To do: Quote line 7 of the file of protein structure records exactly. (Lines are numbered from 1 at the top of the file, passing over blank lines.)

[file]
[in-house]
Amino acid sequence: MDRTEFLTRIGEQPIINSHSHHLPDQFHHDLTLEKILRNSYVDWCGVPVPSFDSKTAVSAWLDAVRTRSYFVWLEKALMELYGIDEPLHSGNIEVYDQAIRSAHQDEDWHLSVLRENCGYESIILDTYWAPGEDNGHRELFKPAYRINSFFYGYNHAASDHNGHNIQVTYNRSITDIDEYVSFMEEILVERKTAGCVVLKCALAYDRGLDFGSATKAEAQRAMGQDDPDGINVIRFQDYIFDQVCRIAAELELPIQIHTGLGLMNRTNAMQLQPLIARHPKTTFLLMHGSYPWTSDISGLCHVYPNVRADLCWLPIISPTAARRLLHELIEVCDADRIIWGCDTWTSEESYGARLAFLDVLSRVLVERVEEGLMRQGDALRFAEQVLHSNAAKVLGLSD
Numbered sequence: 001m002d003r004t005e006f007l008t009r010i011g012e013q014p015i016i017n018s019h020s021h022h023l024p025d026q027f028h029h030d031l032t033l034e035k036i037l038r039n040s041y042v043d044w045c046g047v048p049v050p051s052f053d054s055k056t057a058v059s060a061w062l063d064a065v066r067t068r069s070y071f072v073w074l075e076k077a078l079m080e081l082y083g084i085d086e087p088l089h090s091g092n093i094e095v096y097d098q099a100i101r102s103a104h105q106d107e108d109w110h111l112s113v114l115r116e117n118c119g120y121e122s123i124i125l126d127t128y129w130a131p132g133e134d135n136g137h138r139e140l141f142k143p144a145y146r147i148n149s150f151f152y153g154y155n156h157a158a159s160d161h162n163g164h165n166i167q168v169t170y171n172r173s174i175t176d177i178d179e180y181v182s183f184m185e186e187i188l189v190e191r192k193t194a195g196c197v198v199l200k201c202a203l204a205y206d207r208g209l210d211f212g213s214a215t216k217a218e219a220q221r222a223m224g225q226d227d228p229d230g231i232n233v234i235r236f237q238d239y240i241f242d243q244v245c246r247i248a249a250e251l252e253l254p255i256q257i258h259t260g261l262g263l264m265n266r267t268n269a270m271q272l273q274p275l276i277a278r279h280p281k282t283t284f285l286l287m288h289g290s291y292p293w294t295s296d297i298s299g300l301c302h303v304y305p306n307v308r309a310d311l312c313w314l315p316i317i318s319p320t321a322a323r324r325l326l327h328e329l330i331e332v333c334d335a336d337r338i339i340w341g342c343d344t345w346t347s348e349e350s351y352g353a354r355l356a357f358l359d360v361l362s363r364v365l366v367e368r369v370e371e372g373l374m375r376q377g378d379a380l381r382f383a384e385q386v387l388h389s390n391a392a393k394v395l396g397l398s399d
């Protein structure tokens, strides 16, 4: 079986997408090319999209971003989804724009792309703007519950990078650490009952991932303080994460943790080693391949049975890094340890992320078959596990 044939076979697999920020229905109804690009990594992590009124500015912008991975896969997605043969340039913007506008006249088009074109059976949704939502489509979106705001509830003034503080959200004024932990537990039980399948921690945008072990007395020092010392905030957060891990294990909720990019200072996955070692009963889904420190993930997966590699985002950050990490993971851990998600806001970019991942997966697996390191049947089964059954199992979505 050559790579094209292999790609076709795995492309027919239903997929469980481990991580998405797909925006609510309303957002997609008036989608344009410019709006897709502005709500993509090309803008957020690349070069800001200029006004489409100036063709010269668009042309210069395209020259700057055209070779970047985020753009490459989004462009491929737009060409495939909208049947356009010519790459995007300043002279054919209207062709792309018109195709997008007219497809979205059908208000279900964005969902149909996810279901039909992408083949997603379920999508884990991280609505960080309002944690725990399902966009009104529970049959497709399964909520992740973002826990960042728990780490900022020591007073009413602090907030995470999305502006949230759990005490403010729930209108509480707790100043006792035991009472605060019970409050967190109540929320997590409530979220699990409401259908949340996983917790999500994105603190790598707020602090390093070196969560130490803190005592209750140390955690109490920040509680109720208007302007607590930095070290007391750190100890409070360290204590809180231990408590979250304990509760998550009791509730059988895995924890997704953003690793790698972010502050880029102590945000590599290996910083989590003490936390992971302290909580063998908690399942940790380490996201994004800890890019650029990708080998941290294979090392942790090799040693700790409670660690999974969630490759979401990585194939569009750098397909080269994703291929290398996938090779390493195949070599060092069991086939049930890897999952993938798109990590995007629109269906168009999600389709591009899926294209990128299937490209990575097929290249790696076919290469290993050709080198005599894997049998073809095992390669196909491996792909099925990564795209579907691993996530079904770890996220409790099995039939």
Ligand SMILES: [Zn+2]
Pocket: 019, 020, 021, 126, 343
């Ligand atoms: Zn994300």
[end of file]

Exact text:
């Ligand atoms: Zn994300």